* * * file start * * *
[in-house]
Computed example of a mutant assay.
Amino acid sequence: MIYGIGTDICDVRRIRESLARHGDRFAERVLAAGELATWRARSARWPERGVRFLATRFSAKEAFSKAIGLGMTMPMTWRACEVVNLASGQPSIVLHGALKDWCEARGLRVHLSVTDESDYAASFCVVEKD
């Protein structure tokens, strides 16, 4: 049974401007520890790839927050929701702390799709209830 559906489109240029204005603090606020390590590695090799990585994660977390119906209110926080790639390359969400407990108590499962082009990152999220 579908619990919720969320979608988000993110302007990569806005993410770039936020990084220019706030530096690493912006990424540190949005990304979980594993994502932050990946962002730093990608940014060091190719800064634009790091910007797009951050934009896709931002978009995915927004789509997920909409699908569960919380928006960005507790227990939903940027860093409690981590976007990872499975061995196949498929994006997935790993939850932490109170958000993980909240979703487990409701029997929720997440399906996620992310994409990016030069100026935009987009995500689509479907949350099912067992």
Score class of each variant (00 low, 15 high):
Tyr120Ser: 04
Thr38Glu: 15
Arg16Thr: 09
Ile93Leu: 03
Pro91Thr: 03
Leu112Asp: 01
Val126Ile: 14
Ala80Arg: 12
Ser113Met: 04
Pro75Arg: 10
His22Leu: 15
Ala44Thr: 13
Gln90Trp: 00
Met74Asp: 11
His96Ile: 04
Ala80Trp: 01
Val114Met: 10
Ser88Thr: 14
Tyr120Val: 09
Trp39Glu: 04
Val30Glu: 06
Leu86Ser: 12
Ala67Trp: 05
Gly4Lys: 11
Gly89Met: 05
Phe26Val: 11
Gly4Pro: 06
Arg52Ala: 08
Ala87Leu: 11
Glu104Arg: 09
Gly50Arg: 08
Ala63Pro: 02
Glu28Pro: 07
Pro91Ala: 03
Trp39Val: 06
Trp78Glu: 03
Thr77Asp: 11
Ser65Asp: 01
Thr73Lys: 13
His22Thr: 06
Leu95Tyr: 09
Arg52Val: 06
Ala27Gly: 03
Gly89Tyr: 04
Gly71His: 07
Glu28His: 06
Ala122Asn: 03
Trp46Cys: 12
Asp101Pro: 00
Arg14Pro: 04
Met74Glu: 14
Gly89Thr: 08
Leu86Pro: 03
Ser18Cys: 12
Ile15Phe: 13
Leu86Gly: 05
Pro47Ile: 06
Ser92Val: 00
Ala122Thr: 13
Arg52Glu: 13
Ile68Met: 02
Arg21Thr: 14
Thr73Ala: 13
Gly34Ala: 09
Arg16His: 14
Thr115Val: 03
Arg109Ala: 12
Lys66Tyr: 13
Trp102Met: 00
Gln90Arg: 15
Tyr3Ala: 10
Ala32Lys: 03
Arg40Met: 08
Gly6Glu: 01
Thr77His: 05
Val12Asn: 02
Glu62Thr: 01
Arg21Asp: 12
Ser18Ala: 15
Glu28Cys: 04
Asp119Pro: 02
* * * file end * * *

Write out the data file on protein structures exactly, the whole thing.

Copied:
[in-house]
Computed example of a mutant assay.
Amino acid sequence: MIYGIGTDICDVRRIRESLARHGDRFAERVLAAGELATWRARSARWPERGVRFLATRFSAKEAFSKAIGLGMTMPMTWRACEVVNLASGQPSIVLHGALKDWCEARGLRVHLSVTDESDYAASFCVVEKD
């Protein structure tokens, strides 16, 4: 049974401007520890790839927050929701702390799709209830 559906489109240029204005603090606020390590590695090799990585994660977390119906209110926080790639390359969400407990108590499962082009990152999220 579908619990919720969320979608988000993110302007990569806005993410770039936020990084220019706030530096690493912006990424540190949005990304979980594993994502932050990946962002730093990608940014060091190719800064634009790091910007797009951050934009896709931002978009995915927004789509997920909409699908569960919380928006960005507790227990939903940027860093409690981590976007990872499975061995196949498929994006997935790993939850932490109170958000993980909240979703487990409701029997929720997440399906996620992310994409990016030069100026935009987009995500689509479907949350099912067992």
Score class of each variant (00 low, 15 high):
Tyr120Ser: 04
Thr38Glu: 15
Arg16Thr: 09
Ile93Leu: 03
Pro91Thr: 03
Leu112Asp: 01
Val126Ile: 14
Ala80Arg: 12
Ser113Met: 04
Pro75Arg: 10
His22Leu: 15
Ala44Thr: 13
Gln90Trp: 00
Met74Asp: 11
His96Ile: 04
Ala80Trp: 01
Val114Met: 10
Ser88Thr: 14
Tyr120Val: 09
Trp39Glu: 04
Val30Glu: 06
Leu86Ser: 12
Ala67Trp: 05
Gly4Lys: 11
Gly89Met: 05
Phe26Val: 11
Gly4Pro: 06
Arg52Ala: 08
Ala87Leu: 11
Glu104Arg: 09
Gly50Arg: 08
Ala63Pro: 02
Glu28Pro: 07
Pro91Ala: 03
Trp39Val: 06
Trp78Glu: 03
Thr77Asp: 11
Ser65Asp: 01
Thr73Lys: 13
His22Thr: 06
Leu95Tyr: 09
Arg52Val: 06
Ala27Gly: 03
Gly89Tyr: 04
Gly71His: 07
Glu28His: 06
Ala122Asn: 03
Trp46Cys: 12
Asp101Pro: 00
Arg14Pro: 04
Met74Glu: 14
Gly89Thr: 08
Leu86Pro: 03
Ser18Cys: 12
Ile15Phe: 13
Leu86Gly: 05
Pro47Ile: 06
Ser92Val: 00
Ala122Thr: 13
Arg52Glu: 13
Ile68Met: 02
Arg21Thr: 14
Thr73Ala: 13
Gly34Ala: 09
Arg16His: 14
Thr115Val: 03
Arg109Ala: 12
Lys66Tyr: 13
Trp102Met: 00
Gln90Arg: 15
Tyr3Ala: 10
Ala32Lys: 03
Arg40Met: 08
Gly6Glu: 01
Thr77His: 05
Val12Asn: 02
Glu62Thr: 01
Arg21Asp: 12
Ser18Ala: 15
Glu28Cys: 04
Asp119Pro: 02